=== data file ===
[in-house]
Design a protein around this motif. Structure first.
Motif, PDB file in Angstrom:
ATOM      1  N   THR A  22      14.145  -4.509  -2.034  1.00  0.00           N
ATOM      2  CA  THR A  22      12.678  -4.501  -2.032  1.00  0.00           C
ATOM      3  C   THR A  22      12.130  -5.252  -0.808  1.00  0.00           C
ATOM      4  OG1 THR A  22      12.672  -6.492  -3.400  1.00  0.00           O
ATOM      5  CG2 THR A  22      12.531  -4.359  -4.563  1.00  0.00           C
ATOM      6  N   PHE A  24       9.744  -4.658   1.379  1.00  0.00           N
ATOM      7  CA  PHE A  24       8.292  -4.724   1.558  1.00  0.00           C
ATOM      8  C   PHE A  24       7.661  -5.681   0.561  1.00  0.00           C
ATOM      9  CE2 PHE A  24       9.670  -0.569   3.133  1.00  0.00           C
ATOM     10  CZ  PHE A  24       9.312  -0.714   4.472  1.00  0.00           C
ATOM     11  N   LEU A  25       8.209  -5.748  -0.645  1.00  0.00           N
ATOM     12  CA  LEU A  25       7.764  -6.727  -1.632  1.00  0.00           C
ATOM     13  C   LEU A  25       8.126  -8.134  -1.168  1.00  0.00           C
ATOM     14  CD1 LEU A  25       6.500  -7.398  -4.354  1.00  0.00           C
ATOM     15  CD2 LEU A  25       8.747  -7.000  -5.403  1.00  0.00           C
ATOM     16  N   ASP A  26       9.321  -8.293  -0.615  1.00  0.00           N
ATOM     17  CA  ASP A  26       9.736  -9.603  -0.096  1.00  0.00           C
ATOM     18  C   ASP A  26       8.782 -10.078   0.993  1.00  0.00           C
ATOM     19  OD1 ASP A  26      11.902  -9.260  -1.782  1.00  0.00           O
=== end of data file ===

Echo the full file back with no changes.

[in-house]
Design a protein around this motif. Structure first.
Motif, PDB file in Angstrom:
ATOM      1  N   THR A  22      14.145  -4.509  -2.034  1.00  0.00           N
ATOM      2  CA  THR A  22      12.678  -4.501  -2.032  1.00  0.00           C
ATOM      3  C   THR A  22      12.130  -5.252  -0.808  1.00  0.00           C
ATOM      4  OG1 THR A  22      12.672  -6.492  -3.400  1.00  0.00           O
ATOM      5  CG2 THR A  22      12.531  -4.359  -4.563  1.00  0.00           C
ATOM      6  N   PHE A  24       9.744  -4.658   1.379  1.00  0.00           N
ATOM      7  CA  PHE A  24       8.292  -4.724   1.558  1.00  0.00           C
ATOM      8  C   PHE A  24       7.661  -5.681   0.561  1.00  0.00           C
ATOM      9  CE2 PHE A  24       9.670  -0.569   3.133  1.00  0.00           C
ATOM     10  CZ  PHE A  24       9.312  -0.714   4.472  1.00  0.00           C
ATOM     11  N   LEU A  25       8.209  -5.748  -0.645  1.00  0.00           N
ATOM     12  CA  LEU A  25       7.764  -6.727  -1.632  1.00  0.00           C
ATOM     13  C   LEU A  25       8.126  -8.134  -1.168  1.00  0.00           C
ATOM     14  CD1 LEU A  25       6.500  -7.398  -4.354  1.00  0.00           C
ATOM     15  CD2 LEU A  25       8.747  -7.000  -5.403  1.00  0.00           C
ATOM     16  N   ASP A  26       9.321  -8.293  -0.615  1.00  0.00           N
ATOM     17  CA  ASP A  26       9.736  -9.603  -0.096  1.00  0.00           C
ATOM     18  C   ASP A  26       8.782 -10.078   0.993  1.00  0.00           C
ATOM     19  OD1 ASP A  26      11.902  -9.260  -1.782  1.00  0.00           O